Police Corporal Jose Aimerol, a member of the Umingan Police station, was next to testify. According to him, Domingo Salazar came to his office on 13 August 1990 to execute a sworn statement regarding the incident. On the same occasion, Salazar also submitted to him an empty shell similar to that used in a carbine caliber 30 R-5 firearm. On cross-examination, he however admitted that he had no knowledge where Domingo Salazar picked up the aforementioned empty shell, and that no firearm was ever submitted to his office.[12]

Florencio Antonio, the father of the victim, testified on the civil aspect of the case. He claimed he had spent P11,500.00 for his son's funeral service; P20,000.00 for the eight (8) day wake and P900.00 for the cost of the tomb.[13]

Accused-appellant anchors his defense mainly on alibi and doubtful identity as can be gleaned from the following assignment of errors in this appeal, viz:

That the court a quo erred:

1. IN HOLDING THAT THE LONE WITNESS, DOMINGO SALAZAR, CATEGORICALLY POINTED OUT TO THE ACCUSED AS THE PERPETRATOR OF THE CRIME.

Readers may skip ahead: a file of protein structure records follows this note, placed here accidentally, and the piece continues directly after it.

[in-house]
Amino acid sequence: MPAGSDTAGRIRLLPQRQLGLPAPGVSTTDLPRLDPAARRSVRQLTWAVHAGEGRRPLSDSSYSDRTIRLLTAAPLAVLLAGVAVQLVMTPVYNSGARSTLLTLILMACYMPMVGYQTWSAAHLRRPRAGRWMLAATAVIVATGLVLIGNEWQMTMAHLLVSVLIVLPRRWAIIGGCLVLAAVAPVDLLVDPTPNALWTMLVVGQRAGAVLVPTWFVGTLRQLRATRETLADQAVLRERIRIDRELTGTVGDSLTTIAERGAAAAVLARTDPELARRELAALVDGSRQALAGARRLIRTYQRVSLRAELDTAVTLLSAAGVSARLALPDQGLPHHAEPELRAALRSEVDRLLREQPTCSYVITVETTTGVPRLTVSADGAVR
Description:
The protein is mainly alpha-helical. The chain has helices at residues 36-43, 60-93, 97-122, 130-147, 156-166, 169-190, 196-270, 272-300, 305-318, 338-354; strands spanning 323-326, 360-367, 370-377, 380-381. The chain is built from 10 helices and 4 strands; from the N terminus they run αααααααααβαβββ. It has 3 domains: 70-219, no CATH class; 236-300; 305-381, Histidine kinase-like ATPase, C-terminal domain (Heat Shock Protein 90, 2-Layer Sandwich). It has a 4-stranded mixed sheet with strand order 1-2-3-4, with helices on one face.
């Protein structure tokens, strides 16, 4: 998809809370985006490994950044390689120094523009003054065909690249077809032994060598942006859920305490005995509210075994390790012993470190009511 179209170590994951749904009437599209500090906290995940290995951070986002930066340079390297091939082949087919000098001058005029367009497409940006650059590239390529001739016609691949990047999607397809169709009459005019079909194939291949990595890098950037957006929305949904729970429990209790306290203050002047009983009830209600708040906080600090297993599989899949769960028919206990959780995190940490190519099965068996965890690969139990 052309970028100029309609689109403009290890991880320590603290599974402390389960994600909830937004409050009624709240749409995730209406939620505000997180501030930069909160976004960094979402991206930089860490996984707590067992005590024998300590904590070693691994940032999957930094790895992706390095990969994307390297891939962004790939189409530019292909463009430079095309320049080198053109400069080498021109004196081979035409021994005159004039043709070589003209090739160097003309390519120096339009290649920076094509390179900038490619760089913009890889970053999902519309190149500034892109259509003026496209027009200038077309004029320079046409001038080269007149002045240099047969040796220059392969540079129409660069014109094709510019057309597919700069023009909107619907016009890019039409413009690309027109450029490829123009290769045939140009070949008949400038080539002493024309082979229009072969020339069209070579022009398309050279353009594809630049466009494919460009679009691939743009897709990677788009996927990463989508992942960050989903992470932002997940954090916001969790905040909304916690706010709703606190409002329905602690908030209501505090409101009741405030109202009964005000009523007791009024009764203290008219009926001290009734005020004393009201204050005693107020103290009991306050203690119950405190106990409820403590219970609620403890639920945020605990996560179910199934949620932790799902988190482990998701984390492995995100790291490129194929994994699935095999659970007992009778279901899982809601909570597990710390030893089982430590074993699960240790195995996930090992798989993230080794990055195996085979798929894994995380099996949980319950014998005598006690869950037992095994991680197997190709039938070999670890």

2. IN HOLDING THAT MANY PEOPLE ATTENDED THE BIBLE STUDY, YET NOT EVEN ONE WHO IS NOT RELATED TO THE ACCUSED WAS PRESENTED TO PROVE HIS ALIBI.
3. FINALLY, IN HOLDING THE ACCUSED GUILTY BEYOND REASONABLE DOUBT OF THE OFFENSE CHARGED.

Accused-appellant did not testify in his behalf but presented three (3) witnesses to establish his alibi.

Celestino Fernandez, accused's father-in-law, and a minister of the Church of Christ stationed at Cadiz, Umingan, Pangasinan, testified that on 10 August 1990, from 5:30 in the afternoon to 9:30 in the evening, he presided over a bible study seminar conducted in his residence. The session was attended by more than thirty (30) participants, including the accused who arrived at their house together with his family at about 5:30 of that same afternoon as he was then the person in charge of the lighting and other things needed in the seminar. He maintained that from the time the seminar began up to the time it ended, nobody left the enclosed room where the meeting was held. He had a list of participants[14] which was prepared by his daughter as the people arrived. On cross-examination, he admitted that the list was only prepared on 10 October 1991, a full one (1) year and two (2) months from 10 August 1990 and that he could not remember if he ever gave instructions to his daughter to write the names of the participants on 10 August 1990.[15]